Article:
THE IMPACT OF ORLANDO PIRATES 2013 JOURNEY ON DOWNS

It is impossible to look at the story of Sundowns and not link it to the psychological boost that Orlando Pirates’ road to the Champions League final in 2013 had on them.

In a speech titled It’s Possible, Les Brown shares the story of Roger Bennister’s ground breaking 1954 feat and how it unshackled the mind of thousands of others generations of athletes

“Before 1954, the universal belief was that man could not run a mile in less than 4 minutes. It had never been done…
Roger Bannister came along. And he broke the 4 minute barrier. Since that time, up to this day, over 20.000 people have done it, including high-school kids! What changed?
Here’s what happened when they got on the track: they knew it had been done! And because they knew it had been done, there was a new belief about this barrier, about this goal that was “unreachable”. And those 20 000 people got in the race believing, knowing that someone had done it, that IT’S POSSIBLE, that they could do it”

I think Pirates’ run, albeit unsuccessful, to the 2013 & 2015 continental finals had more impact on South African football than most of us realised at the time.

I’m not a psychology student or anything but I really believe in the intangibles, especially in sports. Sundowns themselves have not hide away from the fact that they drew inspiration to that Pirates side.

Now this is not me stealing Downs’ shine away, in fact I think they should be congratulated for successfully their desire and focus on the job at hand. Drawing inspiration from previous sides is one thing, being deciplined and successfully executing it is a different game altogether. Even those Pirates side were inspired by the 1995 generation, head people who were influential in that team but they still couldn’t get over the finish line, which just goes to highlight the magnitude of the Downs achievements.

The Intangibles : Sundowns Subtle Steps In Their Continental Journey

By now it is general knowledge that Mamelodi Sundowns became the second South African team to win the club continental crown, after Orlando Pirates 1995 victory. The best commentators and sports writers in the country have already shared their thoughts on the win and rightfully hailed Pitso Mosimane and his charges for a stellar work.

I,however, want to take the traditional route and express what I’ve The Brazilians successfully journey to the summit of African football.

In the next few weeks I’ll be sharing a series of posts where I’ll be offering my thoughts on the win in such a way that has not been explored before

Baroka FC Is A Model To Be Followed

Baroka FC keeps on breaking new avenues in the local scene. Coming from the humble surroundings in the rural GaMphahlele and negotiating their way from the lower leagues to the PSL is an impressive feat. To do it while playing some of the best football in Mzansi, despite always having to deal with the big guns poaching their best players every off-season is an even more outstanding achievement.

From a team perspective you just can’t possibly ask for more. But the Baroka model is more than just pursuit of excellence on the field, the club a whole is one of the best run club.

According to this site, Baroka is set to unveil another sponsor on Wednesday, just three months after signing one with Miami Lodge. This is proof that the club is run by groudbreakers who are never rest on their laurels. There is a school of thought that companies are not willing to sponsor teams, especially outside of Gauteng, but here is Baroka, a 9 year old club, signing another deal on top of Clover, Umbro and Miami lodge.

Teams who have been around longer, both in terms of formation and playing in the highest level, can learn a thing or two from the Baroka model. Teams like Maritzburg United, Platinum Stars, Arrows, Free State Stars and others with no sponsors have a lot to learn from them.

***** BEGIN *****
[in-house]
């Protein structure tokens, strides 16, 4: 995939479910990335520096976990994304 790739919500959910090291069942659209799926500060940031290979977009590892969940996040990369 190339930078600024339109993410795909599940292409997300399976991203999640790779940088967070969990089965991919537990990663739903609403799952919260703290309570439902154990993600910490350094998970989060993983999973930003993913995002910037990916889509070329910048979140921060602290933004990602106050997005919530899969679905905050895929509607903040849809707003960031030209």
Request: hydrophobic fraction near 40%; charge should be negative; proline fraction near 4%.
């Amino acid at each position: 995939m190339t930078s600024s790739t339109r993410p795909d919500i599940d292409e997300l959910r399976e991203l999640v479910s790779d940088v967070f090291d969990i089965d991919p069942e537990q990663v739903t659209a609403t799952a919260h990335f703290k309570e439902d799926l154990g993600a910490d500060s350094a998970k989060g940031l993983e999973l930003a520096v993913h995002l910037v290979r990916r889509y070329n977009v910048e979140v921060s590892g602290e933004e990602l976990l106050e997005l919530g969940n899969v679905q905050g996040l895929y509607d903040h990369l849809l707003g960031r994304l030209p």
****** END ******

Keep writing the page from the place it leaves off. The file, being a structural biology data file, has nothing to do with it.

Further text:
In terms of hustling, ambition and grinding : we all can and should learn from them

My View On Online Radio

For the conservatives who fear that online radio is here to replace the traditional terrestrial radio, in light of radio veterans increasingly joining Gareth Cliff in the online radio sphere, I’ve decided to revisit my take on online radio from a few months back.

Radio is a unique mass communication medium. It is unique in more ways than one, but what really set’s it apart is the fact that it has that sense of a one on one conversational relationship between the listener and the host, that no other medium can match. It’s greatest strength is that it is an extension of the age old way of communication : oral storytelling. The fact that it has no visuals is one quality that has made it live without a direct, like-for-like alternative for decades.

But with the dominance of internet in the 21st century has forced us to think of new ways that will help radio appeal to the new generation, the “digital age”. This is where online radio comes in.

Online radio is already proving itself harder and harder to ignore. Modern technology, the internet to be exact, dictates that everything, especially in the media sphere, must go online. The internet has already took newspapers online, took television online and now radio is can join the party.

“The rise of the internet has put a lot of uncertainty on the traditional media players in all spheres, be it television, print and lately radio. With the world taking the digital route in the 21st century made people question the sustainability of the old communication medium that had carried us so successfully since their respective inception.”

One thing that online have over traditional media platforms is that it has a far wider reach. Using internet as it’s medium means it is guided by no geographical boundaries. With a suitable internet connection, an online radio station can reach any and every single part of the globe. For instance, a South African based online radio station can be heard by a person as far away as in South America or Australia. This is as important for the station as it is to a South African leaving abroad.

Using a South African online radio is the best yardstick to measure our readiness for online radio. The Cliffcentral.com is arguably the biggest South African online radio and it’s numbers are staggering. In a blog post on the site, Cliffcentral.com boss Gareth Cliff wrote “To date, CliffCentral has been heard in every single country bar three (Central African Republic, Borneo and Cuba), and just three months ago one of our listeners smuggled a downloaded podcast into North Korea on his iPhone, thereby taking us to places the Internet doesn’t even go,” this was on 22 June 2016. This just goes on to confirm the power and pull of online radio. That’s the reason why traditional radio’s are also taking the online route.

 

Words Speaks Louder Than Action